Asian Tiger Mosquito (Aedes albopictus)

The Asian tiger mosquito (Aedes albopictus) has become prevalent in Rhode Island urban environments. It is notable as a daytime biter encountered in shaded backyards. It has a striking black and white pattern evident to the naked eye and is about 1/4-inch long.  It has a white stripe running down the center of its head and back with white bands on the legs. 

The Asian tiger mosquito usually does not fly more than about 1/2 mile from its breeding site. These mosquitoes lay their eggs in water-filled natural and artificial containers like cavities in trees and old tires; they do not lay their eggs in ditches or marshes. The public is urged to remove standing water from containers such as buckets, pots, wheelbarrows, boats, and pools. Clogged rain gutters and puddles formed on tarps also can support the larvae of this species. 

The Asian Tiger Mosquito is known to transmit several diseases, including WNV.

Asian Tiger Mosquito

Aedes albopictus in Rhode Island

The Asian tiger mosquito was introduced into the continental United States in the early 1980s, when it was found in tire casings imported to Texas for recapping. Scrap tire transportation was likely a method for this mosquito to travel across the United States as well, as the early pattern of spread aligns with the map of the interstate highway system. Early establishments of this species were first identified throughout the Southern region of the U.S., before they began invading the Northeast and the West Coast. 

The Asian tiger mosquito was first trapped in Rhode Island in 2010 and has become prevalent in Rhode Island urban environments. Its ability to survive and reproduce in the state, and elsewhere, has been increasing due to warming winter temperatures. This increase is apparent when looking at the difference in the number of mosquitos trapped across Rhode Island in 2022 compared to 2023. In 2022, 54 Asian tiger mosquitos were trapped in the state. In 2023, this number jumped to 734 Asian tiger mosquitos trapped. The maps below visualize a comparison of the number of Aedes albopictus mosquitos trapped in Rhode Island in 2022 versus 2023.

Map of Rhode Island with indicators where Asian Tiger Mosquito was found in 2022
Map of Rhode Island with indicators where Asian Tiger Mosquito was found in 2023

Personal protection is the first line of defense against mosquitoes that may carry WNV, EEE, or other diseases – and the most effective way to avoid infection.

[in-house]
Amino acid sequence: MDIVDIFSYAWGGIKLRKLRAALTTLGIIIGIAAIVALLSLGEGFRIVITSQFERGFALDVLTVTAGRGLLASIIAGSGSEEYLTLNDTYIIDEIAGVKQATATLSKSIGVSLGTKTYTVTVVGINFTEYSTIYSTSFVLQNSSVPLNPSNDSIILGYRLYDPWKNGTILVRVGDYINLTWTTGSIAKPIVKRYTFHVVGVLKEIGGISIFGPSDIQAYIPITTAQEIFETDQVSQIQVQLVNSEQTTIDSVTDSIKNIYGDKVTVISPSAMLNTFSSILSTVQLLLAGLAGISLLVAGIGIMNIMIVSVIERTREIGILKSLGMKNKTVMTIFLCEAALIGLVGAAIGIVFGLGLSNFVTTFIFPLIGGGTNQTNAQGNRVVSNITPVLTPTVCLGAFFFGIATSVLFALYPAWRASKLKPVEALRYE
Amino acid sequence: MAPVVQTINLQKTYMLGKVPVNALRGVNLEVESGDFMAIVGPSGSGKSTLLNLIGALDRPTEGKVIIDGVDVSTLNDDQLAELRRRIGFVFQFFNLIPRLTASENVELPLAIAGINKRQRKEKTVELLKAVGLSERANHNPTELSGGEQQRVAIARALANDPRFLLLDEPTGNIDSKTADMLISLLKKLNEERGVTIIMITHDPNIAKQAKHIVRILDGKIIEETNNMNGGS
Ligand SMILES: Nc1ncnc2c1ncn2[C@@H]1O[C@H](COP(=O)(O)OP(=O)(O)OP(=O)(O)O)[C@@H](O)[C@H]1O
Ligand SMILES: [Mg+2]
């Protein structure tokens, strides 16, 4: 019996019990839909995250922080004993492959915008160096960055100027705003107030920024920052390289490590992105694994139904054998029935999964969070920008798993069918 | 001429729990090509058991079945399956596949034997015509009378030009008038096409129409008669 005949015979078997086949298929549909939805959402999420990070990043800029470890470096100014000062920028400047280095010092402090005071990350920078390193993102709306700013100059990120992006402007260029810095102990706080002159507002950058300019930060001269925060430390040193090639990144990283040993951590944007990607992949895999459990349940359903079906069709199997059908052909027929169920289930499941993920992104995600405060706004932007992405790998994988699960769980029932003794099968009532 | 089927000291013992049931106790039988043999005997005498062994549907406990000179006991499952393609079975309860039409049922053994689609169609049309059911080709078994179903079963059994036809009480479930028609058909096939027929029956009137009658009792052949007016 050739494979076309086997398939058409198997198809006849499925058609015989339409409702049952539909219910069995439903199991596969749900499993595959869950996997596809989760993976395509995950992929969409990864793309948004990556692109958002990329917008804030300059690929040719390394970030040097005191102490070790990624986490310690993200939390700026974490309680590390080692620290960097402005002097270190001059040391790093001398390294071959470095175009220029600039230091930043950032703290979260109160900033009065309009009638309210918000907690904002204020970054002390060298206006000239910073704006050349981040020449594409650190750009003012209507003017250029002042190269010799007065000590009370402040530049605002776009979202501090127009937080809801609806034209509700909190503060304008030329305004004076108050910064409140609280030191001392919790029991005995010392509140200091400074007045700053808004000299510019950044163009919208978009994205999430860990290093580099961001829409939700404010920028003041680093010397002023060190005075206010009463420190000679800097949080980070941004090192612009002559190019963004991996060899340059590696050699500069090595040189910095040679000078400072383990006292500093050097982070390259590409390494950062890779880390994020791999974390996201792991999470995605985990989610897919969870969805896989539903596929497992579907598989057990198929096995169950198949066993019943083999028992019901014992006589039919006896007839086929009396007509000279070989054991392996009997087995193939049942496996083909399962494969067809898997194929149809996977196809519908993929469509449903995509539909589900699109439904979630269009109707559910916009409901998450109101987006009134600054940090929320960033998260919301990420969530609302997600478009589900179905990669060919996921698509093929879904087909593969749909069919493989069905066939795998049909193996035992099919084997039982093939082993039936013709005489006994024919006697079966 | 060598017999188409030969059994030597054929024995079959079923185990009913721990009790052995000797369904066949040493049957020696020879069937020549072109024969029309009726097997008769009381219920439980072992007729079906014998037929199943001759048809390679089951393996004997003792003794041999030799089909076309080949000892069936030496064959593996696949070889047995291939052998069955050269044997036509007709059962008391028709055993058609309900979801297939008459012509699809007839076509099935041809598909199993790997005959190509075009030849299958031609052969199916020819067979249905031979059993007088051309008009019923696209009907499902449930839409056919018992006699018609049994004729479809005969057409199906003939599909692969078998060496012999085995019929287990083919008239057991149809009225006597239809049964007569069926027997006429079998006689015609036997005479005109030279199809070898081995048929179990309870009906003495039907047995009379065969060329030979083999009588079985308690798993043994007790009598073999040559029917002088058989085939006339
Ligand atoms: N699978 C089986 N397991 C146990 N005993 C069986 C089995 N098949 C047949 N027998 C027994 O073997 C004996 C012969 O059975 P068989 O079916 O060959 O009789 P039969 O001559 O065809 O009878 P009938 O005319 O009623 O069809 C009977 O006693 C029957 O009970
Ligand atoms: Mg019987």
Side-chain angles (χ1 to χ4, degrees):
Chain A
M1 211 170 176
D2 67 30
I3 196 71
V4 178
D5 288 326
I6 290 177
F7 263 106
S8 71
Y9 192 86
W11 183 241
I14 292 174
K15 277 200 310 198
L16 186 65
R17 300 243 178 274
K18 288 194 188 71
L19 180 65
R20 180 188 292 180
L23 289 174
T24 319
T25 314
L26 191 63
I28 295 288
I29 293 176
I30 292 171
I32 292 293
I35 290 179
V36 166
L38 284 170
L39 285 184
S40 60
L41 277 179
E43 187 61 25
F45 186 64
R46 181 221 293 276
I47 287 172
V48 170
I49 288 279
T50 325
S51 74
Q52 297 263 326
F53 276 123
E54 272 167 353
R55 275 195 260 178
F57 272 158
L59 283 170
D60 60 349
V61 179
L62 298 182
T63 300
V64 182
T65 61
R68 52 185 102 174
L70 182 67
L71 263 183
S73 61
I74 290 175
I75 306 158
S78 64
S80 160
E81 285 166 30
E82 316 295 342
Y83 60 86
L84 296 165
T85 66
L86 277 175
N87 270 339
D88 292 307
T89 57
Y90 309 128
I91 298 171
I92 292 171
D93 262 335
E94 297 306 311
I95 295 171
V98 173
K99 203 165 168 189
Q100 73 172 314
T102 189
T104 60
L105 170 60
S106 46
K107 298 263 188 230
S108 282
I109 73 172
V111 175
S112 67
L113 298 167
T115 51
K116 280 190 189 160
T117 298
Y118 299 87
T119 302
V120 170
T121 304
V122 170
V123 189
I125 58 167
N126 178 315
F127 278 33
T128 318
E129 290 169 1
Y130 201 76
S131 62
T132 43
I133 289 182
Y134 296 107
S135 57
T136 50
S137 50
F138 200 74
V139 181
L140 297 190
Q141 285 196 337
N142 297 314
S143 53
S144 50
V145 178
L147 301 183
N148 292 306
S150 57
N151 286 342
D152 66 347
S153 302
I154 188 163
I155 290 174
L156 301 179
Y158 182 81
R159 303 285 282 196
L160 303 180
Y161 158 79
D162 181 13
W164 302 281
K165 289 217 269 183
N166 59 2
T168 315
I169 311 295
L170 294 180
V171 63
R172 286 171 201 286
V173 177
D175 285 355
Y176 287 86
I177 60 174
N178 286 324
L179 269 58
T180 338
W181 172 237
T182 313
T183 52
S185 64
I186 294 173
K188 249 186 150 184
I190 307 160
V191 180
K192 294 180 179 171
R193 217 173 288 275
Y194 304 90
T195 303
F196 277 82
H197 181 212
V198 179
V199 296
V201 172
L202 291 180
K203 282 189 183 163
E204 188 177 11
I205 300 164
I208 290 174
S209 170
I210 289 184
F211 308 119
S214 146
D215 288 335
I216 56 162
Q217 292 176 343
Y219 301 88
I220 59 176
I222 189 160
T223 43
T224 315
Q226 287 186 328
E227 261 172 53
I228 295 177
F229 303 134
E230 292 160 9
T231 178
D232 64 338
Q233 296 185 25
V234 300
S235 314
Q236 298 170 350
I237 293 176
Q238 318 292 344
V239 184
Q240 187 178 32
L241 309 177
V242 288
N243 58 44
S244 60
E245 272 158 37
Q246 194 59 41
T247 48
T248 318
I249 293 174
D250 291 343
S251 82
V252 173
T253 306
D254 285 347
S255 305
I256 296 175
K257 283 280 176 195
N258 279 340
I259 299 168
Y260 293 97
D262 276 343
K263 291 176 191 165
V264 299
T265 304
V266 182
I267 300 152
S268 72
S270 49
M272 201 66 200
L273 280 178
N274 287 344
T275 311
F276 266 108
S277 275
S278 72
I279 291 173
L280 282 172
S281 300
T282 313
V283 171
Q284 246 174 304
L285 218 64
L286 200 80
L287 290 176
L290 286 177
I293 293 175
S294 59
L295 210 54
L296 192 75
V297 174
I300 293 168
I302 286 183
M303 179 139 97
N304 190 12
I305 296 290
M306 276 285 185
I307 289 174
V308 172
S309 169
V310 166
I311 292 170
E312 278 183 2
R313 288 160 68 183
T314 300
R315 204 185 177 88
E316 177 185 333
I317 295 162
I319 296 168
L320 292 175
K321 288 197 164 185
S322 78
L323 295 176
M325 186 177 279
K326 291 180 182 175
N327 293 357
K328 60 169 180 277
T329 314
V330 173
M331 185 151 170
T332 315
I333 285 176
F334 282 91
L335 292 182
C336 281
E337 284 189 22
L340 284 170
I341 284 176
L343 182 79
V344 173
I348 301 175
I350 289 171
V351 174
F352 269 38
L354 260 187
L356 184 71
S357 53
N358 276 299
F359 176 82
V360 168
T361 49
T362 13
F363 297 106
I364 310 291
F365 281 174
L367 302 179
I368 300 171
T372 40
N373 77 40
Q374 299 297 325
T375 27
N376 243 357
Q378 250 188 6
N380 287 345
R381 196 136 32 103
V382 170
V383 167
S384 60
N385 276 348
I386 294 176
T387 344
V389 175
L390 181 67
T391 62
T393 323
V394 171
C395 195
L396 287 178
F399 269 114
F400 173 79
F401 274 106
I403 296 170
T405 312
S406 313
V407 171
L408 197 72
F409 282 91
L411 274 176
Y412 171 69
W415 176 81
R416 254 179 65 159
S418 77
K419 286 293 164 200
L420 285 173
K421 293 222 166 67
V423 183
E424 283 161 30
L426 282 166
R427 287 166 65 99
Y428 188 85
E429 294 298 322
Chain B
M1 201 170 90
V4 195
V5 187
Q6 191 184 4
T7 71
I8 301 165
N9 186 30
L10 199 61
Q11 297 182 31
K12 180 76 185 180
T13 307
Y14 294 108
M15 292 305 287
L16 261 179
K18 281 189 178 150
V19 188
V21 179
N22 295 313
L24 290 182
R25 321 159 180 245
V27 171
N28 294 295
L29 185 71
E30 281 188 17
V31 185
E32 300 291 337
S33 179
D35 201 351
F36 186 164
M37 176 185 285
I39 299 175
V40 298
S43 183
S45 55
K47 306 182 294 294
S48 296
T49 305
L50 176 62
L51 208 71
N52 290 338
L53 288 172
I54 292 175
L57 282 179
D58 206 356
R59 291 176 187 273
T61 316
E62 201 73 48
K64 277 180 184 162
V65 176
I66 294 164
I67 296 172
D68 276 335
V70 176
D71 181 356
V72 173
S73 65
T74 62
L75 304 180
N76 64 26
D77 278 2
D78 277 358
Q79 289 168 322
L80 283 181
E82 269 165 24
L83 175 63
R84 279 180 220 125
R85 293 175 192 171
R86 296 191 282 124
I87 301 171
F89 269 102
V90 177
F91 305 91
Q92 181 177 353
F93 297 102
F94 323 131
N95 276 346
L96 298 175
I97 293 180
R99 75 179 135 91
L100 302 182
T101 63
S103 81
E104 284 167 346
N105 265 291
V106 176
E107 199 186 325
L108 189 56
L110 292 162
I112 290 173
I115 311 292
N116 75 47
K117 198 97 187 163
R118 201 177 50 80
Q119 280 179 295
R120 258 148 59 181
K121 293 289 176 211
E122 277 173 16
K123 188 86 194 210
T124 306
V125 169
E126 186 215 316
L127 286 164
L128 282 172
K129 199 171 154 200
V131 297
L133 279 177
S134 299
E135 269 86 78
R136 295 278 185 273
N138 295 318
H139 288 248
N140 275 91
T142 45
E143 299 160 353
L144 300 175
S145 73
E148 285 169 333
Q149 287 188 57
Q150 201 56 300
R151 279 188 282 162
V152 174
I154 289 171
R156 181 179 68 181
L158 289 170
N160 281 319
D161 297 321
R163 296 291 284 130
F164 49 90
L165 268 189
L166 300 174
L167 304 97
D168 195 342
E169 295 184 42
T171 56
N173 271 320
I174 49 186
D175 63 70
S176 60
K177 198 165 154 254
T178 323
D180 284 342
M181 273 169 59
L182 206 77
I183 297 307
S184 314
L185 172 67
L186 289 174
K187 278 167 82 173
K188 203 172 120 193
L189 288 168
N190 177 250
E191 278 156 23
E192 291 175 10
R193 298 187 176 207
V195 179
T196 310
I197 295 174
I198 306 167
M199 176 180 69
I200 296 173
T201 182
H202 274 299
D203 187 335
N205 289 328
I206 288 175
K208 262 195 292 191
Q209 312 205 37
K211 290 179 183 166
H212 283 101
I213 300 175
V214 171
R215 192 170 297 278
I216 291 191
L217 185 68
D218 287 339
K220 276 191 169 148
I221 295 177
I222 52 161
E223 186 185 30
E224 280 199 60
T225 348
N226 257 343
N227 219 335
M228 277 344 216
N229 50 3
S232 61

What You Should Do

Protect yourself

  • Put screens on windows and doors. Fix screens that have holes.
  • Aedes albopictus is most often active during midday. If you must be outside, wear long-sleeved shirts and long pants and use bug spray. 
  • Use bug spray with at least 20% DEET (N, N-diethyl-meta-toluamide). Make sure that bug spray does not have more than 30% DEET. Do not use bug spray with DEET on infants.
  • Put mosquito netting over playpens and baby carriages.

Get rid of mosquito breeding grounds

  • Get rid of anything around your house and yard that collects water. The Asian tiger mosquito needs only a small amount of water to lay eggs. Bowls, cups, fountains, tires, barrels, vases and any other container storing water make a great “nursery.” One cup of water can produce thousands of mosquitoes!
  • Clean your gutters so that they can drain properly.
  • Remove any water from unused swimming pools, boats, or water features and cover them.
  • Change the water in birdbaths at least two times a week.
  • Help your neighbors, friends and family do the same things.

Adult female mosquitoes lay their eggs on the inner walls of containers with water, above the waterline.  The eggs stick to the container like glue and can survive drying out for up to 8 months. Larvae hatch from the eggs when water covers the eggs.  The larvae swim with a wriggling motion and are sometimes called “wrigglers.” About 10 days after hatching, the larvae are about 1/4-inch long and completely grown. They then change into comma-shaped pupae. The pupa stage completes their development into adult mosquitoes. When fully developed, an adult mosquito will emerge from each pupa at the water surface. Adult mosquitoes emerge from pupae in as little as 10 to 14 days after the eggs hatch during the summer.

Asian tiger mosquitoes spend the winter in the egg stage, hatching into larvae when the eggs are covered with water in the spring and summer. The larvae feed on small bits of debris and bacteria in the water.

Male mosquitoes feed on plant juices and do not bite. Female mosquitoes seek blood to help their eggs develop. Unlike many other mosquitoes, the Asian tiger feeds during daylight hours, not at night. As with other mosquitoes, though, Asian tiger mosquitoes are attracted to dark clothing, perspiration, carbon dioxide and certain other odors. The mosquito will bite squirrels, dogs, deer and other animals as well as people. About four or five days after feeding on blood, the female mosquito lays her eggs just above the surface of the water in a hard-sided container like a tree hole, old bucket or tire. When rain covers the eggs with water, the larvae hatch.

The tiger mosquito is an important disease carrier in Asia. In the United States, it has been found to be infected with LaCrosse encephalitis viruses and West Nile virus, which can cause encephalitis (inflammation of the brain).

The bite of the Asian tiger mosquito is not particularly irritating to most people, but they are persistent biters. Because they breed in nearly any sort of water-filled container, they often become very common and bothersome, even in neighborhoods where there are normally few mosquitoes. In some southern cities, the Asian tiger mosquito has become the most important nuisance mosquito.

Additional Resources